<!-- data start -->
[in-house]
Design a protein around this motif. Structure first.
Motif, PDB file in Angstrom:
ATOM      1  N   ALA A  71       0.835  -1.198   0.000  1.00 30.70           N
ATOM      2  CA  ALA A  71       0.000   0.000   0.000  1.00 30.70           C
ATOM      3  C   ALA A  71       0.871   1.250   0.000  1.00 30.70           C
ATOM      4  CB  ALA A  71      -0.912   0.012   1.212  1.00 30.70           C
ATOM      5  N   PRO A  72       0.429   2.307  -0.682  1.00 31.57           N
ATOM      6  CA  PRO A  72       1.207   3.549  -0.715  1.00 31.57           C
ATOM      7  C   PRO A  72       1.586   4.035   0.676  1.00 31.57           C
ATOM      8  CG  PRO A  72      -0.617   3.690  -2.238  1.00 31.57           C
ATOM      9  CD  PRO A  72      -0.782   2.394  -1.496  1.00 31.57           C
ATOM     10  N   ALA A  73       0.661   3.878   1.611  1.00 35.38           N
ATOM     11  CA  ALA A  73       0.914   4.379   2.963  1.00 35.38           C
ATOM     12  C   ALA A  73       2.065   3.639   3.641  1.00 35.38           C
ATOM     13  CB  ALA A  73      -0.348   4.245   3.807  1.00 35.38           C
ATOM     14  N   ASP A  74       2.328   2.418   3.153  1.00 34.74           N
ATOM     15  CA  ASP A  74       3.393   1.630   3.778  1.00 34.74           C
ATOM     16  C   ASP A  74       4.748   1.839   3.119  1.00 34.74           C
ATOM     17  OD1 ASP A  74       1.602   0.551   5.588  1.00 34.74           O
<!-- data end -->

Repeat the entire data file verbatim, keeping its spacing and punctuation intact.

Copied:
[in-house]
Design a protein around this motif. Structure first.
Motif, PDB file in Angstrom:
ATOM      1  N   ALA A  71       0.835  -1.198   0.000  1.00 30.70           N
ATOM      2  CA  ALA A  71       0.000   0.000   0.000  1.00 30.70           C
ATOM      3  C   ALA A  71       0.871   1.250   0.000  1.00 30.70           C
ATOM      4  CB  ALA A  71      -0.912   0.012   1.212  1.00 30.70           C
ATOM      5  N   PRO A  72       0.429   2.307  -0.682  1.00 31.57           N
ATOM      6  CA  PRO A  72       1.207   3.549  -0.715  1.00 31.57           C
ATOM      7  C   PRO A  72       1.586   4.035   0.676  1.00 31.57           C
ATOM      8  CG  PRO A  72      -0.617   3.690  -2.238  1.00 31.57           C
ATOM      9  CD  PRO A  72      -0.782   2.394  -1.496  1.00 31.57           C
ATOM     10  N   ALA A  73       0.661   3.878   1.611  1.00 35.38           N
ATOM     11  CA  ALA A  73       0.914   4.379   2.963  1.00 35.38           C
ATOM     12  C   ALA A  73       2.065   3.639   3.641  1.00 35.38           C
ATOM     13  CB  ALA A  73      -0.348   4.245   3.807  1.00 35.38           C
ATOM     14  N   ASP A  74       2.328   2.418   3.153  1.00 34.74           N
ATOM     15  CA  ASP A  74       3.393   1.630   3.778  1.00 34.74           C
ATOM     16  C   ASP A  74       4.748   1.839   3.119  1.00 34.74           C
ATOM     17  OD1 ASP A  74       1.602   0.551   5.588  1.00 34.74           O